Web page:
Tennessee Republicans basked in the glow of yet another historic night of state-level election dominance Tuesday evening.
The GOP now enjoys a two-thirds supermajority status in both the House and Senate.
Practically speaking, should Democrats choose for whatever reason to boycott the next two years of legislative decision making in Nashville, the Tennessee General Assembly could continue conducting business with little more formal observance than marking the minority party members absent during roll call.
Tennessee Democrats Tuesday relinquished their last procedurally substantive political playing card, such as it was, which involved fleeing the chamber en masse to thwart a quorum should unfolding legislative events become intolerable to them.
Last session, the GOP held a 20-13 majority in the state Senate and controlled the House 64-34-1.
Republicans are poised, once all the votes are officially tallied, to gain six seats in the House and six in the Senate.
The Tennessee GOP has been in ascendancy for a number of legislative cycles now. The 2012 election is something of a capstone to a grassroots-fueled conservative political comeback set off in the early 2000s by popular resistance to a state income tax.
“After decades of Democrat Party rule in Tennessee, Republicans have won the war of ideas across this state’s Grand Divisions and changed the political culture,” Lt. Gov. Ron Ramsey said in a statement Tuesday night.
The number of Republican Senate votes arrayed before Ramsey will grow to 26 in 2013. Democrats will occupy only seven seats in the 33-member chamber.
“The Tennessee Democrat Party has abandoned any pretense of supporting traditional values or conservative fiscal policy. As Democrat leaders have lined up with the pro-abortion, tax-and-spend liberals in Washington, D.C., their voters have responded to our message of lower taxes, balanced budgets and economic growth,” added the Blountville Republican. “The historical majorities we achieved tonight are a culmination of years of hard work and responsible governance. Republicans have many successes under our belt, but there is still much left to do.”
House Speaker Beth Harwell, who will preside over the most lopsided partisan margin since 1969, promised to “govern with humility” over the next two years.
“We achieved what we never achieved before, which was a supermajority in the Tennessee legislature, both in the House and the Senate,” said the Nashville Republican. “I think that’s largely attributed to the fact that over the last two years as a majority we’ve governed the state well; lower taxes, limited government, that’s obviously what the people wanted.”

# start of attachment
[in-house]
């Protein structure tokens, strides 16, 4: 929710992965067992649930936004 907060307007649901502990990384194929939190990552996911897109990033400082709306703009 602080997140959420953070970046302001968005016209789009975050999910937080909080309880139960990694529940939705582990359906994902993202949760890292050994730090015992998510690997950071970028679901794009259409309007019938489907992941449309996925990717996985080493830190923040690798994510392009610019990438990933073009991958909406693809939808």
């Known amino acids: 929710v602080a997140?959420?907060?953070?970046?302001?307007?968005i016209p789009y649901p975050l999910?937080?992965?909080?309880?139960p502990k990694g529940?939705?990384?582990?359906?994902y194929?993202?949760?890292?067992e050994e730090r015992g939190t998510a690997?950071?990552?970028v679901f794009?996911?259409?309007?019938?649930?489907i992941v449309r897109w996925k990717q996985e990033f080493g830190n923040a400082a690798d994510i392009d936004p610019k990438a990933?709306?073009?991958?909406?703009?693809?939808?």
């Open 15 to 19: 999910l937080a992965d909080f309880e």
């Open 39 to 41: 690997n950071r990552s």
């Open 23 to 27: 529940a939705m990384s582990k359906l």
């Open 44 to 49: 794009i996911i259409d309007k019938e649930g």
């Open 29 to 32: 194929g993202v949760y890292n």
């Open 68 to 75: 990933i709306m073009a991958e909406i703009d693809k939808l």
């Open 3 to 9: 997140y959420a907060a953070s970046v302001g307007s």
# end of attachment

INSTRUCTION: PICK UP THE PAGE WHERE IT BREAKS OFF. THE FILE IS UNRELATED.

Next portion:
Republican House candidates prevailed in more than twice as many contested races as the Democrats.
Nevertheless, Democrats were in no hurry to claim defeat.
Tweeted House Minority Leader Craig Fitzhugh, who decisively won his own re-election contest: “Looks like TN House Dems keep all incumbents, win 2 open seats & pick off a Republican. A good night for us, the tide turns!” This morning he reiterated it was “A good night for #TNHouseDems overall.”
Soon-to-be-stepping-down Tennessee Democratic Party Chairman Chip Forrester said surrender isn’t in the playbook. “Not only did the American people re-elect Barack Obama as President, but Tennesseans also sent some real fighters to the state legislature,” said Forrester.
In the closely watched District 5, Rep. David B. Hawk, R-Greeneville, swept to a comfortable victory over Democrat Eddie Yokley, 58 percent to 42 percent. In Anderson County District 33, incumbent Republican John Ragan fended off a challenge from Democrat Jim Hackworth, 51 to 49 percent.
Republican Barry Doss, a former Lawrence County commissioner, handily defeated Democrat Calvin Moore, 51 to 45 percent, to take House District 70 in Lawrence and Giles counties. Independent John C. Johnson garnered 4 percent.
But the night wasn’t universally cheery for Republicans.
Democrats held onto the south Nashville seat being vacated by Rep. Janis Sontany. In District 53, Jason Powell bested Republican Ben Claybaker, 55 percent to 45 percent. Powell directs a student health coalition and is a real estate broker.
Democratic candidate and Metro Council member Darren Jernigan squeaked ahead of Rep. Jim Gotto, R-Hermitage, by 192 votes, 51 to 49 percent, in House District 60.
And in another tight race, Democrats held onto the seat of retiring Rep. Gary Moore, of Joelton. Bo Mitchell, a Metro Council member, led Republican Charles Williamson by 147 votes, or 50.32 percent to 49.68 percent, in District 50.
Unofficial Tennessee state Senate results in contested races were as follows:
Todd Gardenhire R 36,540 (61.64%)
Andrae’ McGary R 30,740 (30.36%)
Janice Bowling (R) 38,147 (63.64%)
Jim Lewis (D) 21,796 (36.36%)
Ferrell Haile (R) 49,442 (69.25%)
Maria A. Brewer (D) 21,953 (30.75%)
Steven Dickerson (R) 46,230 (54.08%)
Phillip L. North Democratic 39,250 (45.92%)
Mark E. Green (R) 31,868 (53.11%)
Tim Barnes (D) 28,141 (46.89%)
John Stevens (R) 38,656 (56.47%)
Brad Thompson (D) 29,799 (43.53%)
Dolores Gresham (R) 42,965 (60.45%)
Meryl Rice (D) 28,112 (39.55%)
Joey Hensley (R) 37,351 (55.16%)
Tyler “Ty” Cobb (D) 30,364 (44.84%)